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DE-SC0016602: Fundamental Studies in Basic Plasma Science: Experimental Investigations of Alfven Wave Damping Processes Relevant to the Solar Corona

Award Status: Active
  • Institution: The Trustees of Columbia University in the City of New York, New York, NY
  • DUNS: 049179401
  • PM: Podder, Nirmol
  • Most Recent Award Date: 06/20/2018
  • Number of Support Periods: 3
  • PI: Savin, Daniel
  • Current Budget Period: 08/01/2018 - 07/31/2019
  • Current Project Period: 08/01/2016 - 07/31/2019
  • Supplement Budget Period: N/A
 

Public Abstract

A major unsolved problem in astrophysics is to determine what heats the solar corona.  One proposed solution is that magneto-hydrodynamic Alfven waves carry the energy from below the solar surface and deposit it in the corona.  Such low frequency small amplitude Alfven waves are predicted to damp only over length scales too long to to heat the corona.  Recent observations, though, show that these waves are actually damped in the low corona.  The plasma physics of the damping process has not been determined. There are several proposed mechanisms; all rely on inhomogeneities to drive flows and currents at small length scales where the energy can be more easily dissipated.  We will study Alfven wave damping in a laboratory plasma scaled to be similar to the solar corona.  Experiments will be performed using LAPD at the Basic Plasma Science Facility at UCLA.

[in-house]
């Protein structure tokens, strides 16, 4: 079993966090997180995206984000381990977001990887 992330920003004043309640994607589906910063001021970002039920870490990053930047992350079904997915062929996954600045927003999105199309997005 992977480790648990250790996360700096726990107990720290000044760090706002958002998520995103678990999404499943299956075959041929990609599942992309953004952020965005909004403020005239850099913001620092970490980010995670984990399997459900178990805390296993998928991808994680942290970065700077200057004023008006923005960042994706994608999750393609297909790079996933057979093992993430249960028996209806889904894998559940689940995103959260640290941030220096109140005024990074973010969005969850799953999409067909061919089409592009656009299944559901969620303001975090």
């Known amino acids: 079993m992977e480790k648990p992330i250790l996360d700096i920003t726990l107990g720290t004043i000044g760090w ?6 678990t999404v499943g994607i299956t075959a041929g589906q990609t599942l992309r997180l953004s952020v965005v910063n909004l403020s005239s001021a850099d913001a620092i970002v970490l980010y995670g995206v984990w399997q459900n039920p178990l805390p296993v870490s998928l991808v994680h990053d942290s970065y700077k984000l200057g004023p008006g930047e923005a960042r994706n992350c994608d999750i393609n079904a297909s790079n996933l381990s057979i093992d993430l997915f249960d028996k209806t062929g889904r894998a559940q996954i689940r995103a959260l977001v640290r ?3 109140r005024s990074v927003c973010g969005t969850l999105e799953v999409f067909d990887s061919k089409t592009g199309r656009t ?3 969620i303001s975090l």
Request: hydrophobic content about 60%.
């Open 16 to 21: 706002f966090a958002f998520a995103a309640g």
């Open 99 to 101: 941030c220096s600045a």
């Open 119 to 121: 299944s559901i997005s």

Experiments will focus on wave reflection from a gradient in the Alfven speed.  Reflection is a requirement for producing plasma turbulence, which is believed to be a fundamental process in many plasma environments.  However, predictions of Alven wave reflection from an Alfven-speed gradient have not been systematically tested.  Previously, Alfven wave reflection has been studied experimentally using conducting grids and other artificial configurations to reflect the waves.  Such setups may be relevant to the Earths magnetosphere, but not the solar corona.  Preliminary LAPD experiments have demonstrated wave reflection from a gradient.  We will measure the wave reflection and transmission for different frequencies and gradients.  The second task is to study plasmas with gradients transverse to the magnetic field. Cross- field variations in the wave phase speed cause waves on neighboring field lines to propagate out of phase, distorting the wave fronts and leading to dissipation by phase mixing.  By itself, this is likely too slow to explain the damping in the corona.  But some theories predict the damping rate to be enhanced by the generation of cross-field propagating waves, resonant absorption, and nonlinear processes.  A systematic study will be initiated using controlled radial density gradients.  Measurements will quantify phase mixing in the gradient layer, any new wave modes or flows that are generated, and heating.  The only previous comparable experiment was also done in LAPD and looked at waves at the edge of the plasma column.  But this was neither a systematic study nor relevant for the corona.

 



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